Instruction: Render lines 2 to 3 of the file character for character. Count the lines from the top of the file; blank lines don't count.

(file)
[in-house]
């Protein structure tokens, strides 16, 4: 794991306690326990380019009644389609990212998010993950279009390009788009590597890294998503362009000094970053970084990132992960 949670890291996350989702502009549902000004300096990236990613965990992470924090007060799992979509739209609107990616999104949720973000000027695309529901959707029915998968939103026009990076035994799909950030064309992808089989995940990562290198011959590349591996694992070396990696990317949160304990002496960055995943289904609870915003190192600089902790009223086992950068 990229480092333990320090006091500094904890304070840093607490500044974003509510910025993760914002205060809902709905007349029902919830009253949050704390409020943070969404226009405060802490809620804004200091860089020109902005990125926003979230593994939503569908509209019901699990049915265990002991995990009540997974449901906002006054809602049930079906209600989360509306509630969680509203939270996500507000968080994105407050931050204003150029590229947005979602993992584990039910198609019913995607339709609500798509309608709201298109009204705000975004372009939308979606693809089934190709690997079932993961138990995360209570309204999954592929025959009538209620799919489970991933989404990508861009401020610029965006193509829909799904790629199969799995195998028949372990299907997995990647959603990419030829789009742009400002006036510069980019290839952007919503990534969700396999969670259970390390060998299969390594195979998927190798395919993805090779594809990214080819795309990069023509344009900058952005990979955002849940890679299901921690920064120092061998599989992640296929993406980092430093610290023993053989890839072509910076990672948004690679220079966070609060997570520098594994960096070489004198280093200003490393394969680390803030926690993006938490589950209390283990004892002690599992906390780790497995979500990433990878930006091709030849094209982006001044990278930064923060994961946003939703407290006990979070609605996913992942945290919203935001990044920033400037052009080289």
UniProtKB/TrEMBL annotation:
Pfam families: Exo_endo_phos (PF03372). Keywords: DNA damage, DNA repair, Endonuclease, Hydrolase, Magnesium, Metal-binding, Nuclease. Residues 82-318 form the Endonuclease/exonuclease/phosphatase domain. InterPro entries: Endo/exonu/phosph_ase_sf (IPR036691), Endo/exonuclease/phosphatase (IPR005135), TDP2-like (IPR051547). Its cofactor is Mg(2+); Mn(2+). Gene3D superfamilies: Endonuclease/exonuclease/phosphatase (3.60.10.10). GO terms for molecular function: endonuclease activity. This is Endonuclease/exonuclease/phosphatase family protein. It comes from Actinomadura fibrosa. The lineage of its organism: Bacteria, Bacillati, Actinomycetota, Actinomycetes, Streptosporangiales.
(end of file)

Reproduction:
């Protein structure tokens, strides 16, 4: 794991306690326990380019009644389609990212998010993950279009390009788009590597890294998503362009000094970053970084990132992960 949670890291996350989702502009549902000004300096990236990613965990992470924090007060799992979509739209609107990616999104949720973000000027695309529901959707029915998968939103026009990076035994799909950030064309992808089989995940990562290198011959590349591996694992070396990696990317949160304990002496960055995943289904609870915003190192600089902790009223086992950068 990229480092333990320090006091500094904890304070840093607490500044974003509510910025993760914002205060809902709905007349029902919830009253949050704390409020943070969404226009405060802490809620804004200091860089020109902005990125926003979230593994939503569908509209019901699990049915265990002991995990009540997974449901906002006054809602049930079906209600989360509306509630969680509203939270996500507000968080994105407050931050204003150029590229947005979602993992584990039910198609019913995607339709609500798509309608709201298109009204705000975004372009939308979606693809089934190709690997079932993961138990995360209570309204999954592929025959009538209620799919489970991933989404990508861009401020610029965006193509829909799904790629199969799995195998028949372990299907997995990647959603990419030829789009742009400002006036510069980019290839952007919503990534969700396999969670259970390390060998299969390594195979998927190798395919993805090779594809990214080819795309990069023509344009900058952005990979955002849940890679299901921690920064120092061998599989992640296929993406980092430093610290023993053989890839072509910076990672948004690679220079966070609060997570520098594994960096070489004198280093200003490393394969680390803030926690993006938490589950209390283990004892002690599992906390780790497995979500990433990878930006091709030849094209982006001044990278930064923060994961946003939703407290006990979070609605996913992942945290919203935001990044920033400037052009080289």
UniProtKB/TrEMBL annotation: